The impound lot requires at least 15 acres of flat land, most of which will be paved for parking towed vehicles. The impound lot must have 24-hour controlled access and a small building for LMPD staff to use for public service and administrative purposes.
The practice of impounding towed vehicles is governed by Chapter 82 of the Kentucky Revised Statutes, which places limits on the imposition of towing, handling and storage charges on impounded vehicles and creates a process for appealing the validity of an impoundment.
Five Louisville Parks and Recreation community centers are hosting camps during the upcoming winter break for kids up to age 15.
“We’re thrilled to be able to provide programming for families who are looking for a safe, fun option to keep minds and bodies engaged during the school break,” said Seve Ghose, Director of Parks and Recreation.
Sun Valley Community Center’s camp is already full. Please contact the camp of your choice for more information.
BEECHMONT COMMUNITY CENTER
Wed, Thu, Fri, December 20, 21, & 22, 7:30-6 p.m.
Tue, Wed, Thu, Fri, December 26, 27, 28, & 29, 7:30-6 p.m.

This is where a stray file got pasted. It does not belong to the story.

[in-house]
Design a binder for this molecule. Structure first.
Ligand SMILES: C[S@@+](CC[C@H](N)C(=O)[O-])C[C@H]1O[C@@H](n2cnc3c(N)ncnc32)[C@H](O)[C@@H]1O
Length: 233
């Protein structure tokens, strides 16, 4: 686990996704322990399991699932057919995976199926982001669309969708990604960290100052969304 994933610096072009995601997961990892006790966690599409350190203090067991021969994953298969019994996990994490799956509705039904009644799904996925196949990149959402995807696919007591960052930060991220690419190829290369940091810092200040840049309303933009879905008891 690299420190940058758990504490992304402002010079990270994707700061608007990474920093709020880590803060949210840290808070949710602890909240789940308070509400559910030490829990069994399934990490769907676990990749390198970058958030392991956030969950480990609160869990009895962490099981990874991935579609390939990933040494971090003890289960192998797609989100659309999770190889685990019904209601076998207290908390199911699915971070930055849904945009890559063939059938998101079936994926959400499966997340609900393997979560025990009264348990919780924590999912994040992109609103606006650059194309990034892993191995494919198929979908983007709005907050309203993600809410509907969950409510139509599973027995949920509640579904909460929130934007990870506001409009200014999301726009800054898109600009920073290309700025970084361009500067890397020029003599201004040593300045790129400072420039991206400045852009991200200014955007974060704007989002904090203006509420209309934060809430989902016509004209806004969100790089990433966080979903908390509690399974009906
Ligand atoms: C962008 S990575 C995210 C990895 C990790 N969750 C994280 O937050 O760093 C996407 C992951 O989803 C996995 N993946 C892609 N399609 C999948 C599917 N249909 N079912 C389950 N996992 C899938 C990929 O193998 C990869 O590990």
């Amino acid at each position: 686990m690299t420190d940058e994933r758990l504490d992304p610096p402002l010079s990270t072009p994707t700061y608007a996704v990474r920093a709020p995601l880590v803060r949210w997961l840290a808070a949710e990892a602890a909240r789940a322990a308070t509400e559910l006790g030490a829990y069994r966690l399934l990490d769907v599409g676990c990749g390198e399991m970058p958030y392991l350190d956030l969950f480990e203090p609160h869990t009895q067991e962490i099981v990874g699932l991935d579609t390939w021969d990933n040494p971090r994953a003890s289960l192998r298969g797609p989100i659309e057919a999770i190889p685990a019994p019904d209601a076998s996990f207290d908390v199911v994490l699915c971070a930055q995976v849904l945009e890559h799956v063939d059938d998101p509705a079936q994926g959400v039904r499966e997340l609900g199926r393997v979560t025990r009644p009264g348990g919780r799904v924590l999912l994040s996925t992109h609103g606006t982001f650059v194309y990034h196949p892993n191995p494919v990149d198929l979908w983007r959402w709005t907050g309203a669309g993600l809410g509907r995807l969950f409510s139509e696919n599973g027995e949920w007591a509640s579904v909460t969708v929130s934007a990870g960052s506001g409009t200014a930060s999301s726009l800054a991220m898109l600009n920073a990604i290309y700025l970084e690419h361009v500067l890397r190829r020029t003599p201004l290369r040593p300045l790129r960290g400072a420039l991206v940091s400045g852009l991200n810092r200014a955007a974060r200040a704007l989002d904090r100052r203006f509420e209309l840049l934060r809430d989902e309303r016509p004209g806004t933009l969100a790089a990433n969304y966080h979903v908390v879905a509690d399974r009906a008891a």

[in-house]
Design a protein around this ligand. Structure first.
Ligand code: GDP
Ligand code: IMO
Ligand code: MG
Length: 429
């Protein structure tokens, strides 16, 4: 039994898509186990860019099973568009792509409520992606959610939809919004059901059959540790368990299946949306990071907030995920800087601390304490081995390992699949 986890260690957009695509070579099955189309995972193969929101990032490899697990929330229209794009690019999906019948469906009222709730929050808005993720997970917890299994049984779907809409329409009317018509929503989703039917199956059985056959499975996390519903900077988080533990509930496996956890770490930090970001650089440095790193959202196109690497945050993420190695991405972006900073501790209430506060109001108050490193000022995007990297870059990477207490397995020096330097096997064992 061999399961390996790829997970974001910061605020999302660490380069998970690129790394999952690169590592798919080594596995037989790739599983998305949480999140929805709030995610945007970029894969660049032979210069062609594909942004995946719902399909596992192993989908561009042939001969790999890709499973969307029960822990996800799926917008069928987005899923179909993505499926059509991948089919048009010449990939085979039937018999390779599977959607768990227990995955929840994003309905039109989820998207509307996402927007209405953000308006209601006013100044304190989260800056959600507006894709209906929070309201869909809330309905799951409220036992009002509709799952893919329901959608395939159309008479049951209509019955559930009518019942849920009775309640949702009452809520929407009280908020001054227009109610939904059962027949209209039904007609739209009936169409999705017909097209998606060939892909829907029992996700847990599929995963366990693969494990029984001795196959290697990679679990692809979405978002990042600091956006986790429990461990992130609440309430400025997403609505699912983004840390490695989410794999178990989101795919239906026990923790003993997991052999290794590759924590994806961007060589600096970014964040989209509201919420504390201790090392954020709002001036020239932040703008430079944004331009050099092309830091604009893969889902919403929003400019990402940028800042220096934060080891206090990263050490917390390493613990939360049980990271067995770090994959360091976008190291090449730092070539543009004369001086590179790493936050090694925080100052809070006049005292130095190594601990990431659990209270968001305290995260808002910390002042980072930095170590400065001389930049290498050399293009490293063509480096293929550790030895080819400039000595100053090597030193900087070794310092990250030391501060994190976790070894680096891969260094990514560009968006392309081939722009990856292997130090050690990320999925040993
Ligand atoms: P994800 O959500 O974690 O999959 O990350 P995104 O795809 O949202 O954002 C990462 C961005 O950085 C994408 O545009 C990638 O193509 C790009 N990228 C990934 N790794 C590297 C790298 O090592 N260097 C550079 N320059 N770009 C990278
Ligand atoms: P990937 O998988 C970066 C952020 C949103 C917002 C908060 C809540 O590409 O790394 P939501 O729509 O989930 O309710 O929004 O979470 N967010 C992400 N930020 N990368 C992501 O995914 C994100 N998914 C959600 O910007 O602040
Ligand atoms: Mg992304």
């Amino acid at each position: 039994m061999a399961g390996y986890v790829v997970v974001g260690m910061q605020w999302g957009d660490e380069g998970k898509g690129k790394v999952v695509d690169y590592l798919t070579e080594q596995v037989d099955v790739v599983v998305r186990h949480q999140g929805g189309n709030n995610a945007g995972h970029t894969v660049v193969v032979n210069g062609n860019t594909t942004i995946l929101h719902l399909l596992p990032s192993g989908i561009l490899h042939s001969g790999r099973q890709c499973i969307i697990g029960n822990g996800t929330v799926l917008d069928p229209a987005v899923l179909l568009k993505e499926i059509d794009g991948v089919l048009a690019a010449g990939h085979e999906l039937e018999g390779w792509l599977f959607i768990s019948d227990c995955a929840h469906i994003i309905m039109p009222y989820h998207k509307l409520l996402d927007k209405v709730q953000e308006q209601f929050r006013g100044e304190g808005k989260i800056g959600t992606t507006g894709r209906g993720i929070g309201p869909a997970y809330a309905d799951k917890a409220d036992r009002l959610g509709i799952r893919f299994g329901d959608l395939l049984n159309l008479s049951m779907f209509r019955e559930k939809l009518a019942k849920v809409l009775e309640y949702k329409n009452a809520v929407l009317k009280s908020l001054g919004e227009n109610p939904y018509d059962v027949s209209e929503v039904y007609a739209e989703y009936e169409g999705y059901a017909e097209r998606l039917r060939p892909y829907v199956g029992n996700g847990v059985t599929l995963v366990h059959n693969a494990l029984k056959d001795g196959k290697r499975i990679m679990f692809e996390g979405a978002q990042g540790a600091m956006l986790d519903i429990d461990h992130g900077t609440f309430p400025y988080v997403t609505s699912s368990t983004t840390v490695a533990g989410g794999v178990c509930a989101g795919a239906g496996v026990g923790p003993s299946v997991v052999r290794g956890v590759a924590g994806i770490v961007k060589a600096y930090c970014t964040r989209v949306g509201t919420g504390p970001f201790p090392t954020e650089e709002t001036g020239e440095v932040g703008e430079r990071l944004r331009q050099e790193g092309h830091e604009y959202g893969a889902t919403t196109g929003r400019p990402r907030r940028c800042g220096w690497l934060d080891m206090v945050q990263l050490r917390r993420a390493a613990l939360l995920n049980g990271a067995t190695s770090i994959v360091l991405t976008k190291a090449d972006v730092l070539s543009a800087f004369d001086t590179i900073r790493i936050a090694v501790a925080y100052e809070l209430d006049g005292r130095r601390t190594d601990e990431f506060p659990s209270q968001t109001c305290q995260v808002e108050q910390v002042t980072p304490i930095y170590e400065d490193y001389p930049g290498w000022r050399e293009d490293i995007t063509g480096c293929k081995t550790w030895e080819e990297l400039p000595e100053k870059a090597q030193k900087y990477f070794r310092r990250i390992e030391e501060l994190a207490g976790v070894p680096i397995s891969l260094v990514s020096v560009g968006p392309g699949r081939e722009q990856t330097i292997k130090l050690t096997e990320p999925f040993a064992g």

While school is out let us entertain your youth in a safe and monitored recreation program. Youth will take part in recreation programs ranging from crafts, sports activities, field trips and more. Dinner is provided. Youth will need to bring their lunch and snacks. Ages 5-12.
FEE: $100/7 days
Phone number: 502/361-5484
CYRIL ALLGEIER COMMUNITY CENTER
Tue-Fri, December 26-29, 8 a.m.-6 p.m.
This program provides a safe and fun experience for youth while participating in out-of-school activities. Camp will include craft projects, field trips, and organized gym games. Ages 6-14.
Phone number: 502/456-3261
DOUGLASS COMMUNITY CENTER
Tue-Fri, December 26-29, 8 a.m.-6 p.m.
You’ll enjoy fun and games, and arts and crafts. Ages 6-12.
Phone number: 502/456-8120
SOUTH LOUISVILLE COMMUNITY CENTER
December 20-22 & December 26-29, 8 a.m.-6 p.m.
Winter break camp. Space is limited. Ages 8-15.
Phone number: 502/574-3206
SUN VALLEY COMMUNITY CENTER (SOLD OUT)
December 20-22 & 27-29, 8 a.m.-6 p.m.
Winter break camp. Ages 6-12.
FEE: $40 per child/ one week, $60 per child/both weeks
Phone number: 502/937-8802
The Louisville Arena Authority and the KFC YUM! Center announced the successful refunding of its outstanding debt. Scott C. Cox, the Arena Authority Chairman, stated that “we are pleased with the restructuring of the LAA’s debt. The new structure will allow the KFC YUM! Center to continue to operate as a world class facility for all Kentuckians.”